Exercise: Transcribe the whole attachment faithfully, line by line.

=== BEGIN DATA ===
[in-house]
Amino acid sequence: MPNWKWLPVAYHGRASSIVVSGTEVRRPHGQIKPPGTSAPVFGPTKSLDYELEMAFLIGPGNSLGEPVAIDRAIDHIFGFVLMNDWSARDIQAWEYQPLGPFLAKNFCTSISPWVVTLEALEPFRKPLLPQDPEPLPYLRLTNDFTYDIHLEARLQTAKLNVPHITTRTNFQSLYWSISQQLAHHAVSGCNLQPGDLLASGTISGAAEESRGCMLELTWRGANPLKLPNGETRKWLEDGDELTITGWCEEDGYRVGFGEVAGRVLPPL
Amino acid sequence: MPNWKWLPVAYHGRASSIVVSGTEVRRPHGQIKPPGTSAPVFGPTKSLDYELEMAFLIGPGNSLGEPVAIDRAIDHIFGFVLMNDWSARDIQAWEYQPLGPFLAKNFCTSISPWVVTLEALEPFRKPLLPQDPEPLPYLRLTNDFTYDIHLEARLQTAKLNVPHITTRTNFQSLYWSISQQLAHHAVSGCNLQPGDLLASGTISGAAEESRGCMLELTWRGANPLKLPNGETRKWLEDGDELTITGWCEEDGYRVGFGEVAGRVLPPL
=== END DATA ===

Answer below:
[in-house]
Amino acid sequence: MPNWKWLPVAYHGRASSIVVSGTEVRRPHGQIKPPGTSAPVFGPTKSLDYELEMAFLIGPGNSLGEPVAIDRAIDHIFGFVLMNDWSARDIQAWEYQPLGPFLAKNFCTSISPWVVTLEALEPFRKPLLPQDPEPLPYLRLTNDFTYDIHLEARLQTAKLNVPHITTRTNFQSLYWSISQQLAHHAVSGCNLQPGDLLASGTISGAAEESRGCMLELTWRGANPLKLPNGETRKWLEDGDELTITGWCEEDGYRVGFGEVAGRVLPPL
Amino acid sequence: MPNWKWLPVAYHGRASSIVVSGTEVRRPHGQIKPPGTSAPVFGPTKSLDYELEMAFLIGPGNSLGEPVAIDRAIDHIFGFVLMNDWSARDIQAWEYQPLGPFLAKNFCTSISPWVVTLEALEPFRKPLLPQDPEPLPYLRLTNDFTYDIHLEARLQTAKLNVPHITTRTNFQSLYWSISQQLAHHAVSGCNLQPGDLLASGTISGAAEESRGCMLELTWRGANPLKLPNGETRKWLEDGDELTITGWCEEDGYRVGFGEVAGRVLPPL